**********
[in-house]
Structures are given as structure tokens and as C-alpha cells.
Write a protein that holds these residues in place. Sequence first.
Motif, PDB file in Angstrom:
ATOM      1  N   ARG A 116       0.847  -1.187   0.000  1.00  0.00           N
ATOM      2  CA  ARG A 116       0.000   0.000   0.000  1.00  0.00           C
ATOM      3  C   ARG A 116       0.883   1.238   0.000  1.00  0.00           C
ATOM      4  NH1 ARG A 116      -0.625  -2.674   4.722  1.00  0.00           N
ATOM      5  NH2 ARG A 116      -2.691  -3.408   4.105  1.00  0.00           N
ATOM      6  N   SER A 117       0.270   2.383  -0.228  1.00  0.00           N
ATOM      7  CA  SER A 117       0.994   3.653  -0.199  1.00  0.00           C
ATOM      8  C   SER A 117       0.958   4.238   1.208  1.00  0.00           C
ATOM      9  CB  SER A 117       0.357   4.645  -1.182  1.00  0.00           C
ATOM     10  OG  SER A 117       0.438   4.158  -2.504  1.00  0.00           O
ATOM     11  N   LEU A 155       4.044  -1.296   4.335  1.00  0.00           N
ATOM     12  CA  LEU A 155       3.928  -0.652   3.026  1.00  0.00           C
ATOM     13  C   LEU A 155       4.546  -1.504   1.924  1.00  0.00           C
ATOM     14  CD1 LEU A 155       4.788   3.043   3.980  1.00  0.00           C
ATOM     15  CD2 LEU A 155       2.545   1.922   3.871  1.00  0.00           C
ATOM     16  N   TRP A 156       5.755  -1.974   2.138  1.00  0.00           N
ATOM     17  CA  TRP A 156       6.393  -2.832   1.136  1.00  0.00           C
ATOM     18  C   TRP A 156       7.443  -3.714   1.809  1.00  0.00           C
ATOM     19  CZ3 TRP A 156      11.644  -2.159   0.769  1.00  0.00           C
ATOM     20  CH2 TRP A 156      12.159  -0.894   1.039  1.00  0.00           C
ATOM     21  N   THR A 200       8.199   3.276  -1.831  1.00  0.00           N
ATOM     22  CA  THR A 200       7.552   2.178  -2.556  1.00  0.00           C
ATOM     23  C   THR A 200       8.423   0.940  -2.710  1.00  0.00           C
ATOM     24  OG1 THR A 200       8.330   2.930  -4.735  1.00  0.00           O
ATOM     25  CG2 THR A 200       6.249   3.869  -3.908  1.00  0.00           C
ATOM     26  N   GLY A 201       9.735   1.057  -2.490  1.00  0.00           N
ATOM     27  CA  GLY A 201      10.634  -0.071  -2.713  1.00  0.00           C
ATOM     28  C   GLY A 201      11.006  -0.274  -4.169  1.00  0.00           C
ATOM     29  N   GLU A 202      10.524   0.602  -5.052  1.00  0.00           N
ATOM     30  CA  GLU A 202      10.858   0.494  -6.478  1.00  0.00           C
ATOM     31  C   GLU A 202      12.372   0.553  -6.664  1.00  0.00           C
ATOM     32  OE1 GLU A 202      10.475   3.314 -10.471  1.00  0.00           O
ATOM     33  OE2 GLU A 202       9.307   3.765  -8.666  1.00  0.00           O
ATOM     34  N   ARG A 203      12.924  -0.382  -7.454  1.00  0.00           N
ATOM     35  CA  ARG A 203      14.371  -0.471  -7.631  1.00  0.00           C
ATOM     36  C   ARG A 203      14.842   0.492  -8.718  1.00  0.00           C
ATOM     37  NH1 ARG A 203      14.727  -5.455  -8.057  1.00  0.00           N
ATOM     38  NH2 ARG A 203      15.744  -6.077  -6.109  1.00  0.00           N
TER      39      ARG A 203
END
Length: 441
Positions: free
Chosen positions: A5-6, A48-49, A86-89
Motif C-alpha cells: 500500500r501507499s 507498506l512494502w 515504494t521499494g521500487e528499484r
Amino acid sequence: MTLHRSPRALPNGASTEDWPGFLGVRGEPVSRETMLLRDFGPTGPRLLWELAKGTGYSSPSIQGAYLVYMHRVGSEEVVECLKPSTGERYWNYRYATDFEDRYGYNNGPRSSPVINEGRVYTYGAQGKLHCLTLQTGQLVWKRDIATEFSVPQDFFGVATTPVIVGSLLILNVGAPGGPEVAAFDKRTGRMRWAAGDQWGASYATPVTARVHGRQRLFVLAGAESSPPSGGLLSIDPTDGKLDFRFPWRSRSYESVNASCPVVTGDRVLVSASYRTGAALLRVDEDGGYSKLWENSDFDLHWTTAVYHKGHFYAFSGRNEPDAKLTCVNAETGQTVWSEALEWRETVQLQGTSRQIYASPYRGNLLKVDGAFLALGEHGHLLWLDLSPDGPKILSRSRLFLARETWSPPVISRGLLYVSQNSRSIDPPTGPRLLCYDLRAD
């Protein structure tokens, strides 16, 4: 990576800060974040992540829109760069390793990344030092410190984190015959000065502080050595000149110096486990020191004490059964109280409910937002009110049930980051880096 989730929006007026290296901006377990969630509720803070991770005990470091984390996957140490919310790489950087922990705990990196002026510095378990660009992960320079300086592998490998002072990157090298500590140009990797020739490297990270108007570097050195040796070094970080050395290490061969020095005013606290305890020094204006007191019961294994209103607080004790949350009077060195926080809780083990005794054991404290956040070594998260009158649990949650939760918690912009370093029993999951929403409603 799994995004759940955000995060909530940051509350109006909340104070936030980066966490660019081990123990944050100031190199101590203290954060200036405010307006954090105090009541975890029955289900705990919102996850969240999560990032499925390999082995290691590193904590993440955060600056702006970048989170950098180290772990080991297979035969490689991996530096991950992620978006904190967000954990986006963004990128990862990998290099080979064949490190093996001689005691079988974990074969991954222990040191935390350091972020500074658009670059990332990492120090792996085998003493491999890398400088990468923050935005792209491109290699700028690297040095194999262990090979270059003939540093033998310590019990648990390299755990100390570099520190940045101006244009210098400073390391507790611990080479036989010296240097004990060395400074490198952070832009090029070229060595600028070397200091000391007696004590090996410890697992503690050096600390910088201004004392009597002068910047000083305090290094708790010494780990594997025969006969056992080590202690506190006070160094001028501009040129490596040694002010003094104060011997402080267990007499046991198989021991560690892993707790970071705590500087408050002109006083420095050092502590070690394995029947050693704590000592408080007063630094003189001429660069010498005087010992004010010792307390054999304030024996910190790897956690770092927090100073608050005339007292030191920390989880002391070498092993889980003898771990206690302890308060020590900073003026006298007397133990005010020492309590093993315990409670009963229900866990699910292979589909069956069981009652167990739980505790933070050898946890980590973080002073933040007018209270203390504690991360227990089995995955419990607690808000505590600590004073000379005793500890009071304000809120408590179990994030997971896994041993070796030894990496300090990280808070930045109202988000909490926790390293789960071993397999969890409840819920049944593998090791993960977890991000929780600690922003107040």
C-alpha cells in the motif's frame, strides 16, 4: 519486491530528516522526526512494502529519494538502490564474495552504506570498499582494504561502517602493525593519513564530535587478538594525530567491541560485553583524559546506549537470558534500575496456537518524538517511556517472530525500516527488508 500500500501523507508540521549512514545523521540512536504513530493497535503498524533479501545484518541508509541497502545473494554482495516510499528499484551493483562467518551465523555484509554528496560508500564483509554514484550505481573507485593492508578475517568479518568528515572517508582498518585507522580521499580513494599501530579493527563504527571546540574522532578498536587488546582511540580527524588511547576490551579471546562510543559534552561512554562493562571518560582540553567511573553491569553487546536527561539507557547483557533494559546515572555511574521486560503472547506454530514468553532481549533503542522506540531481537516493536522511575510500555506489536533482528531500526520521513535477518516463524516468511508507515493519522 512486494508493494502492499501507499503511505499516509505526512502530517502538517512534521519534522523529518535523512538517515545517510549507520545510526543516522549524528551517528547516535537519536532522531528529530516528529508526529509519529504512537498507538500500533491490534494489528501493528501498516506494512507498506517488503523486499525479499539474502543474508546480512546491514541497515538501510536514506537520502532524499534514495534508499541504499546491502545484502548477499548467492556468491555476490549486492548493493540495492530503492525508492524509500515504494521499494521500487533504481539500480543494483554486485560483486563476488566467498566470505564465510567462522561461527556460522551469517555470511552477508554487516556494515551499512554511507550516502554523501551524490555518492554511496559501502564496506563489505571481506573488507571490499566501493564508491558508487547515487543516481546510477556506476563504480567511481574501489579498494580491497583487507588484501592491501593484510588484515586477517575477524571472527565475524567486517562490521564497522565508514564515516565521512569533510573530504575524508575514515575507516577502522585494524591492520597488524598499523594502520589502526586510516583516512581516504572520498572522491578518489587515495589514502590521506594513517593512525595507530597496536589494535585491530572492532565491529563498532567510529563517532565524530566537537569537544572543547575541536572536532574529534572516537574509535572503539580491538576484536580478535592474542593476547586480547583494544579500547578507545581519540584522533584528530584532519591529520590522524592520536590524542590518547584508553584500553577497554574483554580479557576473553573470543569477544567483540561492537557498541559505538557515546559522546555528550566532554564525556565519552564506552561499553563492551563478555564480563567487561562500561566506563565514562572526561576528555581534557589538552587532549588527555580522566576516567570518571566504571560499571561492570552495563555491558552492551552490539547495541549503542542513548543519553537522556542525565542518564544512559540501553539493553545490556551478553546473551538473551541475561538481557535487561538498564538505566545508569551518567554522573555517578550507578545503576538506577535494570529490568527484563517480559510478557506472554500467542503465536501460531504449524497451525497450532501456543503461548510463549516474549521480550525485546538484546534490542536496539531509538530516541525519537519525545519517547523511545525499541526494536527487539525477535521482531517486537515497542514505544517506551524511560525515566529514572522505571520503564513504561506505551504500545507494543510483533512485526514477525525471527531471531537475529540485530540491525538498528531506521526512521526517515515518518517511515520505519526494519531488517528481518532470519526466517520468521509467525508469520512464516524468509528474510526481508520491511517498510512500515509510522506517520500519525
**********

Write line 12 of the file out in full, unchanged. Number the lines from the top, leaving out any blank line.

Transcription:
ATOM      8  C   SER A 117       0.958   4.238   1.208  1.00  0.00           C